28. *Sandbag all doors.

**new tips added!

Stay safe, friends!



  1. Shawna
    September 13, 2018 / 3:37 pm

    Wow! These are super helpful!! I am on the West Coast, but I have friends/family in North Carolina. I am going to forward this post to them-thank you so much!

  2. Shawna
    September 13, 2018 / 3:38 pm

    I forgot to tell you and everyone-be safe, we are praying for all of you!!

  3. Sara willhite
    September 13, 2018 / 9:32 pm

    Dishwasher being safe place to store documents is an urban myth. Water can and will get inside.

    • Christina
      September 14, 2018 / 9:55 am

      well dang, it sounded like such a good idea when I heard it! thankfully I’ve never had to test it out! I’ll swap this tip out with another tip I just got!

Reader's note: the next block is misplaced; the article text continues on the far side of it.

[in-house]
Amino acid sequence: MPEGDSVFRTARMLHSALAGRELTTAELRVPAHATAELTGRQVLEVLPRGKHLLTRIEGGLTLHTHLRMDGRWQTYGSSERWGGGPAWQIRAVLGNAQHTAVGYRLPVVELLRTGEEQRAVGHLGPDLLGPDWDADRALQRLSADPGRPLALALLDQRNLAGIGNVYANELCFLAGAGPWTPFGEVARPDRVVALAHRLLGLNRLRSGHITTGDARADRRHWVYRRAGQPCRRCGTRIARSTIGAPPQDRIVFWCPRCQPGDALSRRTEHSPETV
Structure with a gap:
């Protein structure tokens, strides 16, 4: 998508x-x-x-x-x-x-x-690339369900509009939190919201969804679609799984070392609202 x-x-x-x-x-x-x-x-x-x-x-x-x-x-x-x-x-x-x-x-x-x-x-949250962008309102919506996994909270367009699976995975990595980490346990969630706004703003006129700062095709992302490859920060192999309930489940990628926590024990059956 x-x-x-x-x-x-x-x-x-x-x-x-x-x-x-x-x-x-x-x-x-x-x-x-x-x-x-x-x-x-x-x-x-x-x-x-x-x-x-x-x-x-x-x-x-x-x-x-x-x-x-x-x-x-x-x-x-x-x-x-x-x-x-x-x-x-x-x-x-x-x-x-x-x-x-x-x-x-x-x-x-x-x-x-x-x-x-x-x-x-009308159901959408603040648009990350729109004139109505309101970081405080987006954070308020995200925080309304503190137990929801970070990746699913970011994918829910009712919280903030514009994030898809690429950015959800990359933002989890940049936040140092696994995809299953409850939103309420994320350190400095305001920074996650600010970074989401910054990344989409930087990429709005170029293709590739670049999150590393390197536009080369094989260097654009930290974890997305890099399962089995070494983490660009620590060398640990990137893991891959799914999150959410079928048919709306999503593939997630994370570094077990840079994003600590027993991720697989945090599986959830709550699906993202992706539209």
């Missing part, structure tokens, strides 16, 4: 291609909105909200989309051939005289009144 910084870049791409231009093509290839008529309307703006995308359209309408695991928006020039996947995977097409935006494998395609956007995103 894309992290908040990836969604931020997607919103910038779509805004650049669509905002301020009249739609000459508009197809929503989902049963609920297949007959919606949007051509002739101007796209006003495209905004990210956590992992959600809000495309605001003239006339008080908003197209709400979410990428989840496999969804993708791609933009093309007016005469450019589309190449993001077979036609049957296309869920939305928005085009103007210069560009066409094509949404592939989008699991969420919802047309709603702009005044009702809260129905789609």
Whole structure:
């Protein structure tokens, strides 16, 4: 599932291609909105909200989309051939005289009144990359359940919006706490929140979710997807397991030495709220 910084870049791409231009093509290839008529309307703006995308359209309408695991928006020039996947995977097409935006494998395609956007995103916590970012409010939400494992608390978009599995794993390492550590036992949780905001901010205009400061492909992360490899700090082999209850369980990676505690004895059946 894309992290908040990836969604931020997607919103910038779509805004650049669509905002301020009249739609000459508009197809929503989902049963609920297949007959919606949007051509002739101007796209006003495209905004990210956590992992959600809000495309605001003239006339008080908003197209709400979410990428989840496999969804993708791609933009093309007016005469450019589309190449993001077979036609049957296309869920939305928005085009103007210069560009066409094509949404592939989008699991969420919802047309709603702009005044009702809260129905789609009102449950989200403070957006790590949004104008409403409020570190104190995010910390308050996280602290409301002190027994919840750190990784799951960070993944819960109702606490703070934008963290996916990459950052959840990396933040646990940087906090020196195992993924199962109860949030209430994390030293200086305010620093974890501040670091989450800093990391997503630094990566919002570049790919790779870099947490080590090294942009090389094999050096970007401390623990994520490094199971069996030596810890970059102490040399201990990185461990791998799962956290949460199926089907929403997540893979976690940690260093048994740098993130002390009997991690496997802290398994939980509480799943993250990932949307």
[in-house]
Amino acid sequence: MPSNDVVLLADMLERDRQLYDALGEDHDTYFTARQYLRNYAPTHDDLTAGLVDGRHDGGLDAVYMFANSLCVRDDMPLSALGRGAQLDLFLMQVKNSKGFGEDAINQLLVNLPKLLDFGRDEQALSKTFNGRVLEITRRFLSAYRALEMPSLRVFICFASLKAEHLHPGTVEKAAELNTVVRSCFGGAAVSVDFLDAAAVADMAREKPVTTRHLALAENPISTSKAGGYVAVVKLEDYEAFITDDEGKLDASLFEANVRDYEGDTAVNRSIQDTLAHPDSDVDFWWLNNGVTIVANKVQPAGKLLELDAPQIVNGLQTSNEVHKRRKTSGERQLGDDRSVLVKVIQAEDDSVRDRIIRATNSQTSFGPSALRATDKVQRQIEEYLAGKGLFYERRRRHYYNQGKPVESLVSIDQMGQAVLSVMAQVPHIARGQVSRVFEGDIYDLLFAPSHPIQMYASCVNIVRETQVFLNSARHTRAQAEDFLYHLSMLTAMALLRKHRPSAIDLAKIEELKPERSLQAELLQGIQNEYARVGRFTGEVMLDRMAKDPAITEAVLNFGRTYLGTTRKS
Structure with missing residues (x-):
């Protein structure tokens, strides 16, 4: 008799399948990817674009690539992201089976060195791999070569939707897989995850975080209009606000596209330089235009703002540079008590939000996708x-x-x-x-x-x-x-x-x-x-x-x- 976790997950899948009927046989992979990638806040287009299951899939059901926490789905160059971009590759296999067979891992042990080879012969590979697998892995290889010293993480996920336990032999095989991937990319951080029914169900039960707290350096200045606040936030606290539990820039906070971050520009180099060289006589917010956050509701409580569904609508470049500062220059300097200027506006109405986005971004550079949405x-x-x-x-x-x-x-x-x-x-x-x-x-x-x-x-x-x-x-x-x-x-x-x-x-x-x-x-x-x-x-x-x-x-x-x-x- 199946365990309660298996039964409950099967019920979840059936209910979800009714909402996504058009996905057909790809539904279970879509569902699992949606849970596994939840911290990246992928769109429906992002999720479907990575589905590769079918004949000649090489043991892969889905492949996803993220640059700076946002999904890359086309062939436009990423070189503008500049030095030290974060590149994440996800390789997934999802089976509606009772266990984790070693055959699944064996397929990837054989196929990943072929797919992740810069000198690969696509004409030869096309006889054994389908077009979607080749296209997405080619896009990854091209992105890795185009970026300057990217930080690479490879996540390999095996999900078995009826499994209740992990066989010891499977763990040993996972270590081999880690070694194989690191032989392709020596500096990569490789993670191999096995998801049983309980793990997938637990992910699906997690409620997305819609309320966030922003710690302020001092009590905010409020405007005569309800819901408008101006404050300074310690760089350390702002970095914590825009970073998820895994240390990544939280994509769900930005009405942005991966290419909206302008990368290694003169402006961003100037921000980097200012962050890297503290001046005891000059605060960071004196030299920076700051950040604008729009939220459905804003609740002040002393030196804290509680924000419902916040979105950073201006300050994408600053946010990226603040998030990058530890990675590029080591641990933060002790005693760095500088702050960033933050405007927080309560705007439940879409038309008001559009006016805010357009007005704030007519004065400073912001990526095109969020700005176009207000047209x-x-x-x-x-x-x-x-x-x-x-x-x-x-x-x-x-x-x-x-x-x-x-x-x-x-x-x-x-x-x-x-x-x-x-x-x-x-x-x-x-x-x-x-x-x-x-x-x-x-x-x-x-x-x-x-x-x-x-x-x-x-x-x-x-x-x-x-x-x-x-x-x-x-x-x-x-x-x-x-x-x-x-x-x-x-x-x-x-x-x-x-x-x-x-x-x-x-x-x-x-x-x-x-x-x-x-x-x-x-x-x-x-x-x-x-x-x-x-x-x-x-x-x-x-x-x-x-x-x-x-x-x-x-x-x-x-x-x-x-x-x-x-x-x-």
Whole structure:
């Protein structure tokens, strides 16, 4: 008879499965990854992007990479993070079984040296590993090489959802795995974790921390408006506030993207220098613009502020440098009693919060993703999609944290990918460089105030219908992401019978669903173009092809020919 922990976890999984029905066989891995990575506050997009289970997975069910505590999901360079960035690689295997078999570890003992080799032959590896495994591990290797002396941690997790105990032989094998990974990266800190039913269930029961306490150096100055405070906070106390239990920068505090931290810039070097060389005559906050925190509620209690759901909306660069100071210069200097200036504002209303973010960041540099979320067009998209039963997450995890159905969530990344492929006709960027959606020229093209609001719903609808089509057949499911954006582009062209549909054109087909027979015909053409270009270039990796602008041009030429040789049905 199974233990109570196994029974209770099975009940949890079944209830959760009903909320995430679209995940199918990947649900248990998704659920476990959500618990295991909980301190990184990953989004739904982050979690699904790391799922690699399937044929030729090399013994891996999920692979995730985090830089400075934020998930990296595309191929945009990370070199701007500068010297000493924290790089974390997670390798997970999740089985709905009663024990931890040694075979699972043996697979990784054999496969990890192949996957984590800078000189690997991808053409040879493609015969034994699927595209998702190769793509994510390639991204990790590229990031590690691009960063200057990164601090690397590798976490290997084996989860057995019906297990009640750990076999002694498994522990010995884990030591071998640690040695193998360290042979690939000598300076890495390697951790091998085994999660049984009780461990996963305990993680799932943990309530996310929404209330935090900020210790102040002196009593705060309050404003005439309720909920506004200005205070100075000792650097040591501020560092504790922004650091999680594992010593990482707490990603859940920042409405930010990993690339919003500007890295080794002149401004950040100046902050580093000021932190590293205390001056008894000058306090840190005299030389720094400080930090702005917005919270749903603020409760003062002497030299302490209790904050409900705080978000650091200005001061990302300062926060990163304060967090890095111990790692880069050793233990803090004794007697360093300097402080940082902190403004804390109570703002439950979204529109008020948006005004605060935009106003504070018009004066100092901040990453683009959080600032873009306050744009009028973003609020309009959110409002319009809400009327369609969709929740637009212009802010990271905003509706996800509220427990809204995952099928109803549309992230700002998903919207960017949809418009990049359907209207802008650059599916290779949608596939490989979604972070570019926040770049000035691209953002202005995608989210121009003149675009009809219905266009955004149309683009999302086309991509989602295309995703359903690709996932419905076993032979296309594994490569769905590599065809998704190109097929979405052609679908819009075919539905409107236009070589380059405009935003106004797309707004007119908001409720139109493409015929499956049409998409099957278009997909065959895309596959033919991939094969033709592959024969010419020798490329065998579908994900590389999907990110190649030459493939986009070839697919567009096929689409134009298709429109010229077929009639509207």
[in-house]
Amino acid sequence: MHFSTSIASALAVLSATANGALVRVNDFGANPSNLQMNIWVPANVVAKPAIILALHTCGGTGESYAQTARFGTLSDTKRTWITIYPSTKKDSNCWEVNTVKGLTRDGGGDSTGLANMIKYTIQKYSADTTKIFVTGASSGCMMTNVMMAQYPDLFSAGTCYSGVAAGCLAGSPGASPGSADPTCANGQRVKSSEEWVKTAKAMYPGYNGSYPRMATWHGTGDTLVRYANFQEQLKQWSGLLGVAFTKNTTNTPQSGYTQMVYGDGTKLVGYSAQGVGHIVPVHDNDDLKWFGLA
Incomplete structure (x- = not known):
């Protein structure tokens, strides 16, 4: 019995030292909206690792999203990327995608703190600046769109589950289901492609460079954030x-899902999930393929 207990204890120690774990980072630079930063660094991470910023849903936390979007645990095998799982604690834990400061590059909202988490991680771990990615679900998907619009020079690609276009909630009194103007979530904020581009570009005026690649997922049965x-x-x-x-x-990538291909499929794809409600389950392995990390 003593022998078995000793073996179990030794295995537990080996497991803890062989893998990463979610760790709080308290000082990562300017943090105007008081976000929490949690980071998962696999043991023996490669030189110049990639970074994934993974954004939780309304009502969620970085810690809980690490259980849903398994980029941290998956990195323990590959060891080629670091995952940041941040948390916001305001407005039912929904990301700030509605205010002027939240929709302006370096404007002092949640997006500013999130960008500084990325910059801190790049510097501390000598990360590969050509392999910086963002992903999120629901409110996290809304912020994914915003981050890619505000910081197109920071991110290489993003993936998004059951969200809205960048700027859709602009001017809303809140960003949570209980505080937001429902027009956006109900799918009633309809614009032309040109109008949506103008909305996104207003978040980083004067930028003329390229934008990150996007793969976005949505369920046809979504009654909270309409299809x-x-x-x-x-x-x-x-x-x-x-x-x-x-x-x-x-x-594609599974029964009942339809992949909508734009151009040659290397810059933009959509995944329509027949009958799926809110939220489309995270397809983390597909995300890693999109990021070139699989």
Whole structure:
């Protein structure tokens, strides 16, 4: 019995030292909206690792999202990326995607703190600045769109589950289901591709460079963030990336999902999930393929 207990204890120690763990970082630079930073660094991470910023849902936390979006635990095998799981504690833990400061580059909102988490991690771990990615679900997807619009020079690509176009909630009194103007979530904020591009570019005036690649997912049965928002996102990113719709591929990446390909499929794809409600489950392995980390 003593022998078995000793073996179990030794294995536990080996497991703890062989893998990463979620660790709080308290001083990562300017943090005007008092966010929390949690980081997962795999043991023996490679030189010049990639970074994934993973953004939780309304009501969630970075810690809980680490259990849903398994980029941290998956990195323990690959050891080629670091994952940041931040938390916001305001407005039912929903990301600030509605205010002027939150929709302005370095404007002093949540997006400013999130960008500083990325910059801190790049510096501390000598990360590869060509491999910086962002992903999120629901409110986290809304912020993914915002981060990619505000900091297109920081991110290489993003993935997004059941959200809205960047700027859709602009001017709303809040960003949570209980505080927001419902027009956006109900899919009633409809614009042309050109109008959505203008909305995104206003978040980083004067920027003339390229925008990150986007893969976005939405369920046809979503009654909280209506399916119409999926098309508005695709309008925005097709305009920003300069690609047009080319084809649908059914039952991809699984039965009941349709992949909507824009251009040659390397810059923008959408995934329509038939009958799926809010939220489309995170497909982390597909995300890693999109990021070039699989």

4. Amy
    September 14, 2018 / 8:58 am

    Just came to say the same thing. I live in Houston and got to enjoy Harvey last year. Dirty water filled my dishwasher.

    • Christina
      September 14, 2018 / 9:56 am

      ugh, that is TERRIBLE! OK, taking that one down. My sister just texted me a novel of things I forgot to add. haha.

  5. September 14, 2018 / 9:56 am

    Oh, wow! Such great tips. I have family and friends in both NC and SC and am praying for ALL of you. Safety and health, primarily, and that your homes and businesses are protected as well. XO

  6. Natalie Clifton
    September 14, 2018 / 10:01 am

    Thank you so much! We are moving to Florida from Maryland in October and I am sure this list will come in handy!